If you’ve read this far then you’ve probably picked up on the main message, we haven’t discovered the Standard Model Higgs boson yet! We still have a long road ahead of us and already we have moved on to the next stage. We need to measure the spin of this new boson and if we exclude the spin 0 case then we know it is not a Higgs boson. If exclude the spin 2 case then we still need to go a little further to show it’s the Standard Model Higgs boson. The spin analysis is rather complicated, because we need to measure the angles between the decay products and look for correlations. We need to take the detector effects into account, then subtract the background spectra. What is left after that are the signal spectra, and we’re going to be statistically limited in what we see. It’s a tough analysis, there’s no doubt about it.

We need to see the five main modes to confirm that this is what we have been looking for for so long. If we get the boson modes ($$ZZ^*$$, $$WW^*$$, $$\gamma\gamma$$) spot on relative to each other, then we may have a fermiophobic Higgs boson, which is an interesting scenario. (A “normal” fermiophobic Higgs boson has already been excluded, so any fermiophobic Higgs boson we may see must be very unusual.)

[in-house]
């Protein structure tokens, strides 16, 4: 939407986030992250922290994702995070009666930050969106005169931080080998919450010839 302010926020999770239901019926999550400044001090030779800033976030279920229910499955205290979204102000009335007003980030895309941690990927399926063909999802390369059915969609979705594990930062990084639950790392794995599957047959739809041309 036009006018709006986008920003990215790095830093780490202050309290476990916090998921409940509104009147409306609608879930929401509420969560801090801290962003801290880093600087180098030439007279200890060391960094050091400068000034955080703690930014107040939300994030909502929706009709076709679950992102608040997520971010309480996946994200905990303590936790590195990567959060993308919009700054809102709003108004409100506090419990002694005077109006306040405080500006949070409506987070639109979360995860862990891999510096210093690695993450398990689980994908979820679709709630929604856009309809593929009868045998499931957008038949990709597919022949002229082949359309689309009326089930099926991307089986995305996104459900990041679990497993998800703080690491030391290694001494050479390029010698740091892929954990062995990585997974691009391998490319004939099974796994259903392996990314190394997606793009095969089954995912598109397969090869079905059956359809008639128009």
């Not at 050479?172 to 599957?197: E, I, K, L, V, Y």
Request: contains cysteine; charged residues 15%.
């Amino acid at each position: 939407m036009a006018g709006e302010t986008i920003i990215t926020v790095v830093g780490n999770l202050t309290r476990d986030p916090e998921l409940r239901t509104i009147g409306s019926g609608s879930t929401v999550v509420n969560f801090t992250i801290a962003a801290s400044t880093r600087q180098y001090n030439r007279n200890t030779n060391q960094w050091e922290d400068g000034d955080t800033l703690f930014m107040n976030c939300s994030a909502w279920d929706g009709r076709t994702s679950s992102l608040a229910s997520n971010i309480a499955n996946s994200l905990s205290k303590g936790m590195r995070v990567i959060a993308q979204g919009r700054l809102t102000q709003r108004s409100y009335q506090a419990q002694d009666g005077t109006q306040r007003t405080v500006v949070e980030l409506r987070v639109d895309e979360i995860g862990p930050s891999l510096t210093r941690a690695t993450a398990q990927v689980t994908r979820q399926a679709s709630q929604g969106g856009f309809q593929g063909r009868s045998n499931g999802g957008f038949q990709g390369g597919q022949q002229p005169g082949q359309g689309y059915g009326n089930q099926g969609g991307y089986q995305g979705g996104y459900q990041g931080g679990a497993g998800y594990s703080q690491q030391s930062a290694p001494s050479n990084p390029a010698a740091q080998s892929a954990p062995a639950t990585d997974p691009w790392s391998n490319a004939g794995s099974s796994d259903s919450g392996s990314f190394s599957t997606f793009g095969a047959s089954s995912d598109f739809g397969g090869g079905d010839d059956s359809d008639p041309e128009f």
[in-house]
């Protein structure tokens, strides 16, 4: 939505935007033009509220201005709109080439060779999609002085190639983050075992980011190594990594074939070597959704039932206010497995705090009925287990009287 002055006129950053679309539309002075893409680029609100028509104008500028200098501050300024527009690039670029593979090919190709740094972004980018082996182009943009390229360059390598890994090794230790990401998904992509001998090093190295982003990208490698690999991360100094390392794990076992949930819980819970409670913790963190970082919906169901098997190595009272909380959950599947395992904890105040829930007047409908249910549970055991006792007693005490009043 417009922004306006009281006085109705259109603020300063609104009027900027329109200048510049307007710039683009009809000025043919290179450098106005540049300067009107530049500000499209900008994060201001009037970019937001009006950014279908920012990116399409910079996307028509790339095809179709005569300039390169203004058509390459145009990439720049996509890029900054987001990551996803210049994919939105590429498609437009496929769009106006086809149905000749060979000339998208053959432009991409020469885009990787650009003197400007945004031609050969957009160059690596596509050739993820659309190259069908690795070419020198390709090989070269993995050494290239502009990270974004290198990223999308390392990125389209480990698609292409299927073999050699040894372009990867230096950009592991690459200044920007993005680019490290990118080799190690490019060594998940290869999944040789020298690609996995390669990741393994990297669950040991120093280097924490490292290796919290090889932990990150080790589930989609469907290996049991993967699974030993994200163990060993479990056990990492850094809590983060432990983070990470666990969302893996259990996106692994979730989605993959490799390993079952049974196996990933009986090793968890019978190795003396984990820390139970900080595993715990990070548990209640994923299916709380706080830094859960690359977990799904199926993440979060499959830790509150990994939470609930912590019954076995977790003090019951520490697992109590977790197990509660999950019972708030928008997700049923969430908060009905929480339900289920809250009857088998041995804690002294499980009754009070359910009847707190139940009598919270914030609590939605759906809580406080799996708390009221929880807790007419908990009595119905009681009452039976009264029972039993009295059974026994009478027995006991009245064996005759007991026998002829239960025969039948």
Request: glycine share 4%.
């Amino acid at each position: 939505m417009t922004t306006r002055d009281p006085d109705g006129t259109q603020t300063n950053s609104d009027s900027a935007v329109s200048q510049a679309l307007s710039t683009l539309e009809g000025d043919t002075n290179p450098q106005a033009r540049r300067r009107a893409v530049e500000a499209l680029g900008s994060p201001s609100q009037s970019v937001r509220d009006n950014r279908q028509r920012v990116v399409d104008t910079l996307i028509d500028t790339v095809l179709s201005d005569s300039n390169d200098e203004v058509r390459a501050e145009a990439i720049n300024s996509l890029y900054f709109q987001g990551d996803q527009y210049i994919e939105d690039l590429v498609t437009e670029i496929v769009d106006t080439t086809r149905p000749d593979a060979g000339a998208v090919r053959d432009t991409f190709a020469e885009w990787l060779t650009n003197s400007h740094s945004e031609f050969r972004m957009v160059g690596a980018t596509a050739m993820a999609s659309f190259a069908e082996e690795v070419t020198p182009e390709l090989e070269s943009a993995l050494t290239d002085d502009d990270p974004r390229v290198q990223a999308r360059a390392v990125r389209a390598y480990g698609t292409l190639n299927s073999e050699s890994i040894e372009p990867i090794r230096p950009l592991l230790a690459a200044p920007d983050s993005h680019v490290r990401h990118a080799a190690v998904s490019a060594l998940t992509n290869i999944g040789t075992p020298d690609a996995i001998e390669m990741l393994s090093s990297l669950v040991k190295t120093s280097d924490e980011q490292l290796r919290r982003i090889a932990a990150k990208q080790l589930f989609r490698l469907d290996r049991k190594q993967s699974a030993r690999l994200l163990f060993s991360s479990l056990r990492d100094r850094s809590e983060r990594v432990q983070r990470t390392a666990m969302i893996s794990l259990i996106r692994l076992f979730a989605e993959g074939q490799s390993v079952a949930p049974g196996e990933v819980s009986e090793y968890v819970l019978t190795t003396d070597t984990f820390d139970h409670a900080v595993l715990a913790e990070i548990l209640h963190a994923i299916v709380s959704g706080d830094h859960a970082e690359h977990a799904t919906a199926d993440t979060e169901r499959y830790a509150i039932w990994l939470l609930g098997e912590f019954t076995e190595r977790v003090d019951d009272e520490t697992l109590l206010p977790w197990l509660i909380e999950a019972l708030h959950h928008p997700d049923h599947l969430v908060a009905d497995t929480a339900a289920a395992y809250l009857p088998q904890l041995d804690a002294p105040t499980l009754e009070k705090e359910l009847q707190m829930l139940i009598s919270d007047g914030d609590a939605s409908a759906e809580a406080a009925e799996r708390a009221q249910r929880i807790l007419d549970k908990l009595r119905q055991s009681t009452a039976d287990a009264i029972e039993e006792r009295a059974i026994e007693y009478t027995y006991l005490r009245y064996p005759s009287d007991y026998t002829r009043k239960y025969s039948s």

There are also many beyond the Standard Model scenarios that must be studied. As more regions of parameter space are excluded, theorists tweak their models, and give us updated hints on where to search. ATLAS and CMS have groups dedicated to searching for beyond the Standard Model physics, including additional Higgs bosons, supersymmetry and general exotica. It will be interesting to see how their analyses change in light of the favored mass region in the Higgs search.

A favored Higgs mass has implications for physics beyond the Standard Model. Combined with the limits on new particles (shown in plot) many scenarios can be excluded (ATLAS)

2012 has been a wonderful year for physics, and it looks like it’s only going to get better. There are still a few unanswered questions and tensions to resolve, and that’s what we must expect from the scientific process. We need to wait a little longer to get to the end of the story, but the anticipation is all part of the adventure. We’ll know is really happening by the end of Moriond 2013, in March. Only then can we say with certainty “We have proven/disproven the existence of the Standard Model Higgs boson”!

I like to say “We do not do these things because they are easy. We do them because they are difficult”, but I think Winston Churchill said it better:

This is not the end. It is not even the beginning of the end, but it is perhaps the end of the beginning.” W. Churchill

### References etc

Plots and photos taken from:
“Webcast of seminar with ATLAS and CMS latest results from ICHEP”, ATLAS Experiment, CERN, ATLAS-PHO-COLLAB-2012-014
Wikipedia
“Observation of a new particle in the search for the Standard Model Higgs boson with the ATLAS detector at the LHC”, ATLAS Collaboration, arXiv:1207.7214v1 [hep-ex]